According to all estimates, Sierra Leone had been expected to finish the year with impressive financial growth. Instead, due to the Ebola epidemic, 2014 turned out to be one of the worst years since the civil war ended in 2002. Following the first Ebola death in late May, the virus spread uncontrolled and by the end of the year the country had 10,000 reported cases. The death toll for the Mano River Union countries, Sierra Leone, Liberia and Guinea, was put at nearly 8,000. The crisis eventually triggered a huge international response, but prior to the international intervention the country suffered from months of inaction, which proved to be disastrous and costly. By the end of the year, the epidemic had still not peaked. It was expected that it would be well into 2015 before the country could be declared Ebola free. The human loss would be in the thousands and the economic loss in the hundreds of millions of dollars. The Ebola crisis and its consequences thus clearly dominated developments in Sierra Leone in 2014.


For the second year in a row, life in Sierra Leone was dominated by the Ebola epidemic. Although the disease peaked in the last months of 2014, the beginning of 2015 still saw hundreds of new cases reported each month. Gradually, these numbers declined and the last case was reported in September, allowing President Koroma to declare Sierra Leone ‘Ebola free’ in November, although vigilance continued to be required. Economically, the country was hit by the epidemic and the collapse in world market prices for iron ore. gdp contracted by more than 20%, although expectations were that the country would bounce back sooner rather than later. On the political front, little happened. The main event was Koroma’s dismissal of Vice President Sam-Sumana. There were no indications that the president would not complete his second term, with elections scheduled for late 2017.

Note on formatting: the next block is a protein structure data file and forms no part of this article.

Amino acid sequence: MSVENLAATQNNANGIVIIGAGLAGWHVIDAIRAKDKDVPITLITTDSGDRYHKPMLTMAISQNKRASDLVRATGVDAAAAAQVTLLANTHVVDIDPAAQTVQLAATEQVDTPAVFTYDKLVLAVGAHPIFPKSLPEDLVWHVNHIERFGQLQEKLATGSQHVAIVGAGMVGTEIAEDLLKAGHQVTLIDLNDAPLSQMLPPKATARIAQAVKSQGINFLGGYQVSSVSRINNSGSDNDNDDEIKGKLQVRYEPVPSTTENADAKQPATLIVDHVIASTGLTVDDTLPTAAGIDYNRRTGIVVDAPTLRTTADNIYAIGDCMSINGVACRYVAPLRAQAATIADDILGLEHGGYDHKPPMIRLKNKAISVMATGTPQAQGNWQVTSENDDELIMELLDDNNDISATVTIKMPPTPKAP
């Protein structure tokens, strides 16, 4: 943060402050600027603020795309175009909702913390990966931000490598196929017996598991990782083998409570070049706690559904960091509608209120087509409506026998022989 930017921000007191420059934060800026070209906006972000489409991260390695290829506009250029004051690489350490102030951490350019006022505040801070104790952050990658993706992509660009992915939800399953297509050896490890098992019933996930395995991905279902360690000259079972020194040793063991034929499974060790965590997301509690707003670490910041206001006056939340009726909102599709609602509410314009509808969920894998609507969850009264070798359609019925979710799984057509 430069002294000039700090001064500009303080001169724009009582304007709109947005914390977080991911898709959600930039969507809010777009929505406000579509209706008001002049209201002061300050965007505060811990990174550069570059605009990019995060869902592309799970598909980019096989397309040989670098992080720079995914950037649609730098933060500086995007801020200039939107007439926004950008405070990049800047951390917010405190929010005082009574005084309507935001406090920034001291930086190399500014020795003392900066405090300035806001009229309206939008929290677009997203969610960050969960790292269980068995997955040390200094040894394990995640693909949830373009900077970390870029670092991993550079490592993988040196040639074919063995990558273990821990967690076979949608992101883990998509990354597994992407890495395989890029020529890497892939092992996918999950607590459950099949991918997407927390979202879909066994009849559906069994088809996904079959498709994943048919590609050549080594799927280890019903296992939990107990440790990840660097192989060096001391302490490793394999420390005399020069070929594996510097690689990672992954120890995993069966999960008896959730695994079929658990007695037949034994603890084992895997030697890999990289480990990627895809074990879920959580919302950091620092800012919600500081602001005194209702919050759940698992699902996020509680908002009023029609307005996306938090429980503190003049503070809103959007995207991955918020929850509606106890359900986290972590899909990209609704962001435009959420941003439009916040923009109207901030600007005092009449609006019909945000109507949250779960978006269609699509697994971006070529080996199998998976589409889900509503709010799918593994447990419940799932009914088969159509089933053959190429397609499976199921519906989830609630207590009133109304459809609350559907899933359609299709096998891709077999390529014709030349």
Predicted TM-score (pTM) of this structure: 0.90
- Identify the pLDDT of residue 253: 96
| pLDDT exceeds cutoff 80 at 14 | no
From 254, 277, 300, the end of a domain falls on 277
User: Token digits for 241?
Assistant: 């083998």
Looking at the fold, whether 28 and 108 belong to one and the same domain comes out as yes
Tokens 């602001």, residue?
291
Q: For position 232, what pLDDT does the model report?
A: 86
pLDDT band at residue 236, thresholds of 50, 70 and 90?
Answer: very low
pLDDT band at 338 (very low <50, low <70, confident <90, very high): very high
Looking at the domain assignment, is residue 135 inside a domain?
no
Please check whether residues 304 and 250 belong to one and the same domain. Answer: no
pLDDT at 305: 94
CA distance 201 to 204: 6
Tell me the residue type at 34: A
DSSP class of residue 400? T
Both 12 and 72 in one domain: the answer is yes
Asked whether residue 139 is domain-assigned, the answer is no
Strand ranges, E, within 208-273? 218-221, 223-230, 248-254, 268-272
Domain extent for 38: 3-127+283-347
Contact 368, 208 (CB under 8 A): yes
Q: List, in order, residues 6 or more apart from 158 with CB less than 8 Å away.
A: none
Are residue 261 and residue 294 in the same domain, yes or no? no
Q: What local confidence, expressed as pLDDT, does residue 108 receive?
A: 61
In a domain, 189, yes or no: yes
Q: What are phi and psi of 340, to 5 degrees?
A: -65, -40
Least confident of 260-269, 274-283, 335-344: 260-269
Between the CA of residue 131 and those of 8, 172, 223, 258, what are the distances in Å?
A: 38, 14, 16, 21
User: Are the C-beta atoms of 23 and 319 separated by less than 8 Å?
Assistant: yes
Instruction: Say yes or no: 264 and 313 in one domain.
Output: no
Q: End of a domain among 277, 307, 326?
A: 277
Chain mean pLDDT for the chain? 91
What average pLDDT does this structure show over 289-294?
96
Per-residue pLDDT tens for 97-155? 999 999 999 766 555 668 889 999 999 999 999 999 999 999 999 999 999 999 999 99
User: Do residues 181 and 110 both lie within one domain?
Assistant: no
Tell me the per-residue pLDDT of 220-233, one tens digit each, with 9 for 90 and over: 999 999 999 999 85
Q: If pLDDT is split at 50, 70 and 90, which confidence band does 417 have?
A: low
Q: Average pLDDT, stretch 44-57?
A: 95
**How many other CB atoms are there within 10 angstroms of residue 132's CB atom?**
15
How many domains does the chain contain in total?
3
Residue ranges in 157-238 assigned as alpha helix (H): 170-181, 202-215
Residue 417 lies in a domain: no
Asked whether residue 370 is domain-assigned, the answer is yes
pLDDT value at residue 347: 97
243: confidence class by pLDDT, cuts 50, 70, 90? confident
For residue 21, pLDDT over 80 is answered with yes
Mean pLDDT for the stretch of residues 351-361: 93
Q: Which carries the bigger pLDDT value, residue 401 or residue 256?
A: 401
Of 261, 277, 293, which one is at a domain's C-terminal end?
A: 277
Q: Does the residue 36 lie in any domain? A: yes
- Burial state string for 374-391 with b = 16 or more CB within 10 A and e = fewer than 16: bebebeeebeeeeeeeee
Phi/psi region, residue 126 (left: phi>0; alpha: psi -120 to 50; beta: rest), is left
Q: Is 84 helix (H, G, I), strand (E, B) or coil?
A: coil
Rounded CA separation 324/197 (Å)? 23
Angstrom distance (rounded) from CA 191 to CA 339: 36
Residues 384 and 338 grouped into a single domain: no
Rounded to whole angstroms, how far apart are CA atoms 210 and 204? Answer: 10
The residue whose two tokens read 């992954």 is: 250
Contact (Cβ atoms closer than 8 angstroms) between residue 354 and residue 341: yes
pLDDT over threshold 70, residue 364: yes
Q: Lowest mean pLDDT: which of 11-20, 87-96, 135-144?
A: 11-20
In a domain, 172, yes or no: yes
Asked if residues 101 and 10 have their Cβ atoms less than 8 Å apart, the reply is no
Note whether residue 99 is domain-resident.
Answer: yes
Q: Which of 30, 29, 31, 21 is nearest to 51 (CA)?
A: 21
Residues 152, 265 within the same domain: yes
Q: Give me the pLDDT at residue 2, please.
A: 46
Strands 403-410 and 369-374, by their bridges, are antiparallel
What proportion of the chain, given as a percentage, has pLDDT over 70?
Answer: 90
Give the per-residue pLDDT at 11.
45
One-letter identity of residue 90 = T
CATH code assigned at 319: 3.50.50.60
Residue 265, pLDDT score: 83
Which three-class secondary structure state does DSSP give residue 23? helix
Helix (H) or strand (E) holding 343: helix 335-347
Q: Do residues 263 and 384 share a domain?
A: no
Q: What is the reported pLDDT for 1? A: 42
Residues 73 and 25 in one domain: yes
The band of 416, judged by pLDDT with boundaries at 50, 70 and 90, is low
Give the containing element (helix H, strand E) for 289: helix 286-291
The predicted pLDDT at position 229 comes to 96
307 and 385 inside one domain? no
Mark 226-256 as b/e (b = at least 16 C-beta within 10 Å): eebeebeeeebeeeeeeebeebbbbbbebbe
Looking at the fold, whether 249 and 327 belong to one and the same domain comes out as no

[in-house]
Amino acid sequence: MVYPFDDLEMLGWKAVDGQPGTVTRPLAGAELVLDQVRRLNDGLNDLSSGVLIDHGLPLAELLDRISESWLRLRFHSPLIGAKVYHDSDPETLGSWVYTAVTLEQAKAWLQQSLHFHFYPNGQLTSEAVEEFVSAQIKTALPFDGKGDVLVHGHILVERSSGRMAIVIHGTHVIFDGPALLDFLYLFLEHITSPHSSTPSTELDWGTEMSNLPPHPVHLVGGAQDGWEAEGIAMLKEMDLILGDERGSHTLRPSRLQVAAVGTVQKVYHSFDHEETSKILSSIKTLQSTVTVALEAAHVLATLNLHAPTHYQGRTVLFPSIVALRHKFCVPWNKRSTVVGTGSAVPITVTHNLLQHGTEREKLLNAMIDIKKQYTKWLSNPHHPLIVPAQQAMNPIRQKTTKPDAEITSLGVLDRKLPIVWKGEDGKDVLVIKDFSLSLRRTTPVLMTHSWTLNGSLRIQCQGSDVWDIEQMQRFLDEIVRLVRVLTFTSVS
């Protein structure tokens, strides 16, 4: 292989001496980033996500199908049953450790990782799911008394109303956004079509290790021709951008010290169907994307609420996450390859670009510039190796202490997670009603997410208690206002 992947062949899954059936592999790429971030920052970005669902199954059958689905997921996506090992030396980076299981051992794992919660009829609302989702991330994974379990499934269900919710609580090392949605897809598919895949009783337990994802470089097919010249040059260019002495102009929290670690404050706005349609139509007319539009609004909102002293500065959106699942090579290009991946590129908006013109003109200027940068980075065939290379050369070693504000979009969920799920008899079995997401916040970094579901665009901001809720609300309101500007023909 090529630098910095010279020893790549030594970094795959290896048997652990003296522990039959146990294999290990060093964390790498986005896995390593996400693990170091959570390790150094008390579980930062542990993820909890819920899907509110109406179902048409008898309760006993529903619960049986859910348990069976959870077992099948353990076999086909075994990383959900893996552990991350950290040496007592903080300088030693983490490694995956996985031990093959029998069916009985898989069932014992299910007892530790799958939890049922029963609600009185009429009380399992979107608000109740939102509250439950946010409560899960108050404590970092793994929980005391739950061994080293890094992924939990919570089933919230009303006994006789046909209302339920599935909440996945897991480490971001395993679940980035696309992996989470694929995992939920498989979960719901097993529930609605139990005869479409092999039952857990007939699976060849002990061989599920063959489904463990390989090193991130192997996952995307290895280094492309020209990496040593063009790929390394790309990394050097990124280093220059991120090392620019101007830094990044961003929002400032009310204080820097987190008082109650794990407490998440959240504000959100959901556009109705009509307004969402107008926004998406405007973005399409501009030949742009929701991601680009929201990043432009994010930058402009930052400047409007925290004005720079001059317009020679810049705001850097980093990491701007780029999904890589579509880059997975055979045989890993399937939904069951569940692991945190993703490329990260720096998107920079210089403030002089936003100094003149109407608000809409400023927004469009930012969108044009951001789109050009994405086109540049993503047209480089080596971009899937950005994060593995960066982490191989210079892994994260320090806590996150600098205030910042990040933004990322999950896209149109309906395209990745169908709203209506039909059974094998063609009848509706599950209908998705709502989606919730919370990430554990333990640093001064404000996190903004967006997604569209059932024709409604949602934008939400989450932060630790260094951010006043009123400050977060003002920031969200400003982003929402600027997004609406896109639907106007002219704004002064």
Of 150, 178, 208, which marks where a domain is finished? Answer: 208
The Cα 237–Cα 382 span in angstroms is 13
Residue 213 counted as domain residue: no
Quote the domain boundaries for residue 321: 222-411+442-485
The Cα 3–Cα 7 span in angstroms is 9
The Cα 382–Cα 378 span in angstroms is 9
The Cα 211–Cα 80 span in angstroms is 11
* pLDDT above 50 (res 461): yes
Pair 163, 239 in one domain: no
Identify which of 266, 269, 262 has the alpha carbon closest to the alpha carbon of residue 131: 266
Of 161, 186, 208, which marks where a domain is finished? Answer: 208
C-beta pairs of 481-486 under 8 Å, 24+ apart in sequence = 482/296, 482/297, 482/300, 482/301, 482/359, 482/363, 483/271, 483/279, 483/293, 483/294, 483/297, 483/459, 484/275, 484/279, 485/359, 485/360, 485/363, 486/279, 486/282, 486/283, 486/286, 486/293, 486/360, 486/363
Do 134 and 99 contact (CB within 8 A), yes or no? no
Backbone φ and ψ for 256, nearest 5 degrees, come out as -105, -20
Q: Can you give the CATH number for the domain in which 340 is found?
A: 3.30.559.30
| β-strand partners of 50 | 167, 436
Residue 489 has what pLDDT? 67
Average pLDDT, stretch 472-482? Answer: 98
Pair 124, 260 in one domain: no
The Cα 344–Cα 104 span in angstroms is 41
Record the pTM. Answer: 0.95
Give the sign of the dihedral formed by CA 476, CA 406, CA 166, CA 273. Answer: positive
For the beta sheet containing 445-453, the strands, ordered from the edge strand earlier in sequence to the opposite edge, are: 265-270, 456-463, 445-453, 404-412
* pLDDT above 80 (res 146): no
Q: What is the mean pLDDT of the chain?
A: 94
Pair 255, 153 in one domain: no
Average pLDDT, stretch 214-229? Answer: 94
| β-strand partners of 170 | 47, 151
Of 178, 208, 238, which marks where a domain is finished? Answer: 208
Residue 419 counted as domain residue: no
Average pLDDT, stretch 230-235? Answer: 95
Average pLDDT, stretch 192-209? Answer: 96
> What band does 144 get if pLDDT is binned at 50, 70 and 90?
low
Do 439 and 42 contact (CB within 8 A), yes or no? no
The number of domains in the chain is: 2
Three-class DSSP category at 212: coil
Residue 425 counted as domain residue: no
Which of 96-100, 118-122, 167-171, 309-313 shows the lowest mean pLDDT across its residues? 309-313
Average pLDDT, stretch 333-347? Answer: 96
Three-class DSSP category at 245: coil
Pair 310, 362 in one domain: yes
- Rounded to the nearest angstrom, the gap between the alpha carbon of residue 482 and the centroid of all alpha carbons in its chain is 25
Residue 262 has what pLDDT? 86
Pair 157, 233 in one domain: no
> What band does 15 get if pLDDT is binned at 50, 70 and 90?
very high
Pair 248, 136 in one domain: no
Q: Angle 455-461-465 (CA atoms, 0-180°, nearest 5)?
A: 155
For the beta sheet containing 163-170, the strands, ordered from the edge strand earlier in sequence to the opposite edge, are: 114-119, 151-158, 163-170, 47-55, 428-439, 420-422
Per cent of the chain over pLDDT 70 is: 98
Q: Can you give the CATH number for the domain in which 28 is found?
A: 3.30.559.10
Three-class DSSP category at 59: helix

With President Koroma halfway through his second and final five-year term, the country slowly started to prepare for the next presidential elections. A population census, critical for voter registration, published its findings in April and provoked protests by the main opposition party. The census itself and also the elections had been postponed several times due to the Ebola Virus Disease crisis of 2014–15. Sierra Leone declared itself Ebola free – for the second time – in March. The health crisis resulted in about 4,000 Sierra Leonean deaths and had a major impact on the economy. This, combined with a fall in world prices for iron ore, led to a major contraction of the economy. Nevertheless, growth rates were positive for the first time since 2014.


Preparations started to take place ahead of the March 2018 elections. These included registration of voters, a visit by an ecowas delegation and, most importantly, the selection of presidential candidates by the various political parties. The two main parties nominated their candidates in November. Economically, the country continued to perform reasonably well, with a gdp growth figure of around 5.5%. Two exceptionally large diamonds were discovered, both in the Kono district. In August, Freetown was struck by a natural disaster, when the side of one of its hills collapsed following relentless rains, and as a many as 500 people were killed in the mudslide. Deforestation and the uncontrolled construction of dwellings were to blame.